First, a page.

Tom Burgess of the Rabbitohs is tackled by David Klemmer and Aiden Tolman of the Bulldogs.
Tom Burgess of the Rabbitohs is tackled by David Klemmer and Aiden Tolman of the Bulldogs. DEAN LEWINS

Fired-up Burgess twins inspire Rabbitohs against Dogs

HE'S done it before, maybe it's time for Russell Crowe to get Mark "Spud" Carroll on the pay roll yet again.

Crowe's former bodyguard may have accidentally found the formula to get the best out of the Burgess twins after his media criticism of the underperforming duo resulted in a power-packed performance as the Rabbitohs rolled to a 28-14 win over the hapless Bulldogs.

Spud was this week forced to douse the flames he ignited by calling for Tom and George to drop some weight and add mobility if they want to regain their status among the NRL's best forwards.

While Carroll was trying to patch up a strained friendship with the Burgess clan, the twins got another couple of whacks from the likes of Matthew Johns who told them to stop sooking and listen to Spud's advice.

You could almost see the smoke coming out of the fired-up twins' ears as they answered the criticism with interest on Thursday night with standout performances that obliterated the highly rated Bulldogs pack.

It started with Tom, who looked a man possessed in the opening 20 minutes, running for 100 metres from his nine runs before he was called to the bench to be replaced by his brother George.

George didn't have as many carries, but they had just as much impact as he continued in the same vein, putting his head down and pumping his legs to bend Canterbury's line with every carry.

On the back of the Burgess twins' strong start, Souths led 14-2 at half-time but it could have been anything after they had their way with rival Englishman James Graham and the rest of the Bulldogs pack up the middle.

Both ran with the kind of purpose and intent Bunnies fans have been crying out for all year, simplifying their game and cutting out the errors that tend to come with a flood whenever they start thinking offload.

By the end of the match Tom had 138 metres from 13 carries. George had 120 from 10. More importantly, both were free of the handling errors that have dogged their season and driven their supporters mad.

If that's how they react to a bit of constructive criticism from a legendary player who knows a thing or two about playing in the front-row, then Crowe could do worse than to put Carroll in the sheds pre-game every week to light a fire under the temperamental twins.

The Bulldogs look dejected after Alex Johnston of the Rabbitohs scored one of his two tries.
The Bulldogs look dejected after Alex Johnston of the Rabbitohs scored one of his two tries. DEAN LEWINS


The headlines that surround the Burgess boys always makes them a focus but perhaps a bigger lesson from the Bunnies' consecutive wins has been the development of their young players.

Angus Crichton has been the find of the season, and in a different role coming off the bench he was excellent again, making an instant impact when he first came on to the field to bust the Bulldogs' defensive line with his pace, only to let himself down with a misdirected pass.

Had he hit Damien Cook, the speedy hooker would have gone over for a try that would have given Souths a more fitting reward for their first-half dominance.

Perhaps even more impressive was 19-year-old Cam Murray, who lightened the load for Sam Burgess in the back-row with a tireless performance in the middle.

Promoted to the starting side in the shuffle that put Crichton back to the bench, Murray ran for 113 metres from nine runs and made a team-high 36 tackles playing lock, allowing the elder Burgess brother to move to an edge.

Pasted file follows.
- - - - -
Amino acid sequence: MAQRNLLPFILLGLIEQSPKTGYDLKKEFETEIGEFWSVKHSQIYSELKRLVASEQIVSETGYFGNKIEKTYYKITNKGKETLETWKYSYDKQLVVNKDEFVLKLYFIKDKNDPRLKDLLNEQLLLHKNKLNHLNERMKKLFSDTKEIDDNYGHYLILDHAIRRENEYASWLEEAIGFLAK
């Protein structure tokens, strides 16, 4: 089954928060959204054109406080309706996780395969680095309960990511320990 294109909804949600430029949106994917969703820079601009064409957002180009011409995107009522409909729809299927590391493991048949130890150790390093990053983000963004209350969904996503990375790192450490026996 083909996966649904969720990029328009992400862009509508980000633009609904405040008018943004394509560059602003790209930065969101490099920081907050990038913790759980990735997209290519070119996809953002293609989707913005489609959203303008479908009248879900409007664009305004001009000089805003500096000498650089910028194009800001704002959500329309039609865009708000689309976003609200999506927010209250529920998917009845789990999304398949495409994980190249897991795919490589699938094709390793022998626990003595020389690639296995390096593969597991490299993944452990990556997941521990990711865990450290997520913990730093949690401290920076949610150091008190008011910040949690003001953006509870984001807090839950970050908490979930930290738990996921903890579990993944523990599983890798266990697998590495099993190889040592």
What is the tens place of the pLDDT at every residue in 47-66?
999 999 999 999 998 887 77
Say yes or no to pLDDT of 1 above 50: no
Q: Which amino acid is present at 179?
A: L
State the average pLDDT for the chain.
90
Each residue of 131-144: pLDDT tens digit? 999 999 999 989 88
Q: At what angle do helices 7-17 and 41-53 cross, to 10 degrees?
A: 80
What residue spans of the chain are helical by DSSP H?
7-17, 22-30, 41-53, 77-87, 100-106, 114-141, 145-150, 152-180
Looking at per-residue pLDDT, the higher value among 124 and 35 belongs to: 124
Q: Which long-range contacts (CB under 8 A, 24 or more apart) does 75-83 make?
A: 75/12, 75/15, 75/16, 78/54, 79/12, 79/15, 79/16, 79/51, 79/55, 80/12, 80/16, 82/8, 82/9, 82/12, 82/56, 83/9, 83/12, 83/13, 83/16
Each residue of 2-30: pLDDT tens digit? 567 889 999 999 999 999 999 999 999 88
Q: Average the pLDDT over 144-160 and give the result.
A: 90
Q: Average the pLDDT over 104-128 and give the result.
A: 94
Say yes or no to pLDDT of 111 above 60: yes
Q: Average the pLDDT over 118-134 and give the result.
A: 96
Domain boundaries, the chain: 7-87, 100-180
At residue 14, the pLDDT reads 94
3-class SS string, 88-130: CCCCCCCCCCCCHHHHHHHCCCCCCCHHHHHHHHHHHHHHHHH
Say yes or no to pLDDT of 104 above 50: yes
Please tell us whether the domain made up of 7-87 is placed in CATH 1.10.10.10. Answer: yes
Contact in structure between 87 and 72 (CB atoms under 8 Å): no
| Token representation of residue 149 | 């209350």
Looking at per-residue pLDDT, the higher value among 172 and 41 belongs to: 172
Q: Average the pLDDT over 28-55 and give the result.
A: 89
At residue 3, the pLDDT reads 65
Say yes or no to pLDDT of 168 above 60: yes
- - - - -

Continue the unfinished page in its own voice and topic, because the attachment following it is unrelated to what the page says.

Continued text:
Campbell Graham impressed for the second week in a row, despite having just turned 18, and with a trial HSC exam to sit on Friday morning.

Add the classy Alex Johnston to the mix, who at just 22 has played for Australia and leads the NRL's 2017 tryscoring ladder as the shining light of a miserable season, and you've got a good young core regenerating a side that has been sliding since the 2014 premiership.

Aaron Gray of the Rabbitohs scores a try against the Bulldogs at ANZ Stadium in Sydney.
Aaron Gray of the Rabbitohs scores a try against the Bulldogs at ANZ Stadium in Sydney. DEAN LEWINS

Johnston was untouchable once again on Thursday night, scoring his 18th and 19th tries for the season with the No.1 on his back, a position he's starting to make his own.

While not the most comfortable ballplaying fullback, Johnston is arguably the most lethal finisher in the competition and Souths look a more balanced side with him at fullback and Cody Walker at five-eighth.

Walker was one of the standout players of the competition in the early rounds this year and he rediscovered some of that form against the Bulldogs, with a try assist for Johnston and some deft kicks to force dropouts and ensure Canterbury were never able to get a foothold.


Enough's been written about Canterbury's crisis over the past six weeks and arguably the beginning of the end of the Bulldogs' season was the announcement that Josh Reynolds would be leaving at the end of 2017 to join the Wests Tigers.

A Belmore favourite, nothing has aggravated the Bulldogs fanbase as much as the five-eighth's departure and he may well have played his last game in blue and white in the sorry loss to the Rabbitohs.

After just 21 minutes Reynolds winced and held his calf and by half-time it was clear he wouldn't be coming back on, as he cut a forlorn figure in the dressing room.

With just three games remaining, a calf tear would likely force a player who's bled blue and white over a 136-game career to sit in the stands and watch the season draw to its miserable conclusion.

News Corp Australia

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